Blue Sky ( Located in White Plains, about a half-hour north of Manhattan on the Metro-North train. You all have heard of them I'm sure.

These places don't often post jobs on the online job boards. They often don't know they need an animator until a job comes in for them, and usually they need someone pretty quickly. That being the case, it may be harder to grab a freelance gig if you're not local. But that doesn't mean it doesn't happen--I was hired by Charlex because I had a recommendation by a friend, and I had a week to move to NYC! More of that story later.

Character Animation gigs are sometimes hard to come by, with exceptions at places like Framestore and Psyop. Other places will have a character animation job every now and then, but lets face it, the bulk of commercials on TV that require animation and effects don't have characters. Don't ask me how I've landed character animation gigs so far, I think it's just been a good year for character animators. Don't let that get ya down, just realize you may have to animate a spinning cell-phone or something else sometimes to keep the income flowing.

Again, check out David B. Levy's "Your Career in Animation: How to Survive and Thrive" for great tips on how to job hunt in New York. Freelance gigs in New York are often filled through recommendation only, but some places do keep reels around to look at when they need to find somebody. Mostly though, they call back freelancers they've worked with in the past. It's not uncommon to see a lot of familiar faces at different studios, as we freelancers hop around a lot.

Lastly, most jobs around here are on a freelance basis. Occasionally you'll hear of a place that's hiring staff, but that is a rare occasion. Some people land staff positions after freelancing at a place for a while, and they usually have proven to be able to lend their talents for more than one aspect of production. For example, animatiors who can also rig, and riggers who can also animate.

So there ya go! I'll try to update this list in the future, I know of others that will be up here too. Anyone who knows of others, go ahead and post in the comments and I'll add them here too.

Saturday, June 09, 2007

Go see "Surf's Up"!!!

I saw Surf's Up tonight with a bunch of other animators from Psyop and the New York area. It was great!!! Seriously folks, this is one of the most original animated films to come out in...well, in a long time! It's not your typical animated flick. The whole thing is set up as a documentary of Cody, and his hero Big-Z. The characters have so much life, they truely live in this movie. As I was watching, I thought "this is an animator's movie", because the bulk of it is long acting shots, where the characters are relating to each other and finding out who they are. During the main story, they cut to "interviews" of the supporting characters, where you'll be treated to some fine straight up acting/dialogue shots that I think are sometimes seen more often in demo reels than on screen.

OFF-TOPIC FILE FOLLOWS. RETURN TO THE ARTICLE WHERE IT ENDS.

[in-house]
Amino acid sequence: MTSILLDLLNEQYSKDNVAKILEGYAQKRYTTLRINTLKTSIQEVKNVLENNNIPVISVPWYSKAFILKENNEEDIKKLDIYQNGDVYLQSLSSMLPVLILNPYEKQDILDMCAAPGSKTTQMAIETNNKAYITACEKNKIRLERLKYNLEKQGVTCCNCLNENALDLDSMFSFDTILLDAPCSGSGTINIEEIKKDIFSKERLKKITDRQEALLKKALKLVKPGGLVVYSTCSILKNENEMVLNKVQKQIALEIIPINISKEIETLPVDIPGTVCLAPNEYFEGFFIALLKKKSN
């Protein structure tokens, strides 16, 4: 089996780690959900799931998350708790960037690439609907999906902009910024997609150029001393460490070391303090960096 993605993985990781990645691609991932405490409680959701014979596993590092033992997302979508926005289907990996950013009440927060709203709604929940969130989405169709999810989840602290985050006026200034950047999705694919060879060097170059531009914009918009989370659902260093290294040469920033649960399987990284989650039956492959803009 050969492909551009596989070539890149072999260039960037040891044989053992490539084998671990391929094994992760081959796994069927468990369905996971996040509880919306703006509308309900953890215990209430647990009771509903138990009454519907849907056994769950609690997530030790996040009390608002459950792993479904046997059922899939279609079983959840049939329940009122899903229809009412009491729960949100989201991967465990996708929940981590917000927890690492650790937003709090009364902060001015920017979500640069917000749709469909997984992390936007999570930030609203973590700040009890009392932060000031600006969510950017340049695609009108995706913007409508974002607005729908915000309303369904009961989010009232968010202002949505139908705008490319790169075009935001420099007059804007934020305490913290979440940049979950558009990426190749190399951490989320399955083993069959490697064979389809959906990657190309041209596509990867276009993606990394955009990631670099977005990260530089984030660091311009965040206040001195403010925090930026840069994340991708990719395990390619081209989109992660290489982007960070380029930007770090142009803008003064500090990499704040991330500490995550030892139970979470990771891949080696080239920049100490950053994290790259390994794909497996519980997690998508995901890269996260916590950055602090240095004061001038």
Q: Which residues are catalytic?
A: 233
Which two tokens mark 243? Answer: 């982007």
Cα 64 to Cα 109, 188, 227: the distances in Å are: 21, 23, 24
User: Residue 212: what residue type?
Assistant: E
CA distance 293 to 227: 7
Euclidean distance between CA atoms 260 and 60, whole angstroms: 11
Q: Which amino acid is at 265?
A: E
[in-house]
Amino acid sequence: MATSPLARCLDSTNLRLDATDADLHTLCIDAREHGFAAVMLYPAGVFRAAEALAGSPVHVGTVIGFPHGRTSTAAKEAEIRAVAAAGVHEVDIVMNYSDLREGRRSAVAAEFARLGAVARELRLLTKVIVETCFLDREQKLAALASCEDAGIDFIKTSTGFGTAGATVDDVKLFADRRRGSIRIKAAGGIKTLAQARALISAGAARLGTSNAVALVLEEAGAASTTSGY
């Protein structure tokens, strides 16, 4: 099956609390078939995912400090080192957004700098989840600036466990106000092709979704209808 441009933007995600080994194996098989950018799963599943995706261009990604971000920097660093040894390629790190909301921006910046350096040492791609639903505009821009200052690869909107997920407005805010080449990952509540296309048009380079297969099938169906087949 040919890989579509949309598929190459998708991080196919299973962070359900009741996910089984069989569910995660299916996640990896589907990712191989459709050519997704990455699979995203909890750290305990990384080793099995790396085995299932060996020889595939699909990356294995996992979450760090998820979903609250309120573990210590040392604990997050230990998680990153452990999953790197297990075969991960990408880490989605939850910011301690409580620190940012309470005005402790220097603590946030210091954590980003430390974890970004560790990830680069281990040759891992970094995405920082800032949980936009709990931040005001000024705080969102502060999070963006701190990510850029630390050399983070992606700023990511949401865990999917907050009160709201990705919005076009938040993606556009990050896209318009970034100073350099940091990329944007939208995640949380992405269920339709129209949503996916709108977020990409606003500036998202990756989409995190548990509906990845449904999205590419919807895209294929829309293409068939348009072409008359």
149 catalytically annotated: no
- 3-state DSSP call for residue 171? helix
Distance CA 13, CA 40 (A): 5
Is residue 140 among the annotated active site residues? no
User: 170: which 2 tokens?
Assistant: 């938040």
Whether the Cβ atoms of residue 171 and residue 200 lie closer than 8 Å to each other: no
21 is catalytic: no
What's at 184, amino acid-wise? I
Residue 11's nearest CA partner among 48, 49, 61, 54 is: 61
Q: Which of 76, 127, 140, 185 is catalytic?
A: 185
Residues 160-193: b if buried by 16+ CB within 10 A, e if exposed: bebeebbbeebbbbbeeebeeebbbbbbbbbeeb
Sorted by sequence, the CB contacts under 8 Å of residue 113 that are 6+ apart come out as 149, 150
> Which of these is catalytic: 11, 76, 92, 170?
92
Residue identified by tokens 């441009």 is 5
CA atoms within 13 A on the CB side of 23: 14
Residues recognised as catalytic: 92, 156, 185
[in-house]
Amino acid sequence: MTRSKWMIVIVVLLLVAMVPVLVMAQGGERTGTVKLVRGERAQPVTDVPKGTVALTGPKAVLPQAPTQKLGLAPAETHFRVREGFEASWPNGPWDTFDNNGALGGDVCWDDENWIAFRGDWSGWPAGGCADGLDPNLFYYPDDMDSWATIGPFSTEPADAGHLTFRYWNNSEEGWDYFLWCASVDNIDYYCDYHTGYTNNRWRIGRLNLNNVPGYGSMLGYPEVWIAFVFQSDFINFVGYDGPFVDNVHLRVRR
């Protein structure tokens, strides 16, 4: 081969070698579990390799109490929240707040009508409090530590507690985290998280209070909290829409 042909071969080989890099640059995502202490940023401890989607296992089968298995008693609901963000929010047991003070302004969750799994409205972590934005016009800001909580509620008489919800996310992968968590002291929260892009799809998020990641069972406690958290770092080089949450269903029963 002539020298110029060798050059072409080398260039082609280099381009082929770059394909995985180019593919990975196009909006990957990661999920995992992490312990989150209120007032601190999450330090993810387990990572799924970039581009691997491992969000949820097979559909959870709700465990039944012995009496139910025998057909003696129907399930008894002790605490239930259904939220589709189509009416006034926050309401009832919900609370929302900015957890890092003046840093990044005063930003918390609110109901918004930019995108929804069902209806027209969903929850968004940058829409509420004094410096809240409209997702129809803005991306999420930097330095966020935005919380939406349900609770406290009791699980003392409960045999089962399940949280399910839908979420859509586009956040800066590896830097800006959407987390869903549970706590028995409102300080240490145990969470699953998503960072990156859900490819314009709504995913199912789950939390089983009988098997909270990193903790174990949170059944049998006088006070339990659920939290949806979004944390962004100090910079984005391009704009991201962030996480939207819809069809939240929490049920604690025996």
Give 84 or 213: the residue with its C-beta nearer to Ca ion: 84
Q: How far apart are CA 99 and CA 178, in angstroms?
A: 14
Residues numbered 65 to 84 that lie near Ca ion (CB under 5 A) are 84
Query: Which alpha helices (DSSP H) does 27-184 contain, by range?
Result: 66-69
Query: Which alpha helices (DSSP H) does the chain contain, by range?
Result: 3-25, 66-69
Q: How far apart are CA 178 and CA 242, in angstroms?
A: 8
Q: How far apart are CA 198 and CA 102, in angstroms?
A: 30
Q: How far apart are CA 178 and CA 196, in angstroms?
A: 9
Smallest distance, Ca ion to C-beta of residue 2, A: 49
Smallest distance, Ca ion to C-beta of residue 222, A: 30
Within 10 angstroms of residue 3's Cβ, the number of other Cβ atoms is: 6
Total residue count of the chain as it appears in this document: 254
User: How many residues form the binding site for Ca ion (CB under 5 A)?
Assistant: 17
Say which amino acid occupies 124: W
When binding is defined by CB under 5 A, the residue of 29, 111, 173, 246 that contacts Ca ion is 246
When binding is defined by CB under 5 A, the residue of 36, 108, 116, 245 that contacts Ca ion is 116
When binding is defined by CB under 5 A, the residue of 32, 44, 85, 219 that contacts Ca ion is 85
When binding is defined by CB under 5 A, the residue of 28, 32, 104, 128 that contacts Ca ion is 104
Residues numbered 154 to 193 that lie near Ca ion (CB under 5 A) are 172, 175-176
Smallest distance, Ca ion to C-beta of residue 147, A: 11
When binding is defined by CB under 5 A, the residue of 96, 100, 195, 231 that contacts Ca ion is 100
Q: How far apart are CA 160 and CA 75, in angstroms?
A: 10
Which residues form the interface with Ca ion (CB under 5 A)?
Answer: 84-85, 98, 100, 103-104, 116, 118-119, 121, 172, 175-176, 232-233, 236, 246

The movie has such a film look to it, in the lighting and post effects. The handheld camera works really well, and it's so interesting to see how these characters act when they know someone's watching (they are aware of the "camera crew" that is filming, though you never see the crew on screen)

The acting is really top notch. The story is interesting, but it's not so much the story they tell that makes this great, but how they tell it. I was reminded of some of the old Disney movies, the ones when the 9 old men were really in charge--the movies came to life through the characterization more so than the story. That's not to say that there's no story to Surf's Up, there definitely is and it's good. What struck me more, however, was how well developed the two main characters were, and how well the main relationship in the story was developed. These characters have history behind them, they have a story before this story starts.

The water looks fantastic too, some gorgeous underwater shots, and shots inside the waves. There's a lot of texture to the water, varying colors and depth.

Last but not least, kudos to my friend and co-worker Miles Southan, who got to work on the movie! Be proud to have been a part of it!

Everyone else, go to fandango and buy your tickets :) If you're an animator, I think you'll really enjoy Surf's Up.

**Check out AWN's featured pages on Surf's Up--interviews, featurettes, pictures--awesome stuff! (here)

Monday, June 04, 2007

Arj and Poopy

I usually leave finds from other blogs for my Google Reader shared items page, instead of posting here, but this is just too darn funny. (Found at the Channel Frederator blog.) Bernard Derriman, who made "Everyone Else Has Had More Sex Than Me" apparently has this internet cartoon called "Arj and Poopy". This one is random, but funny, such great poses and attitudes too! The dog's dance moves are the best!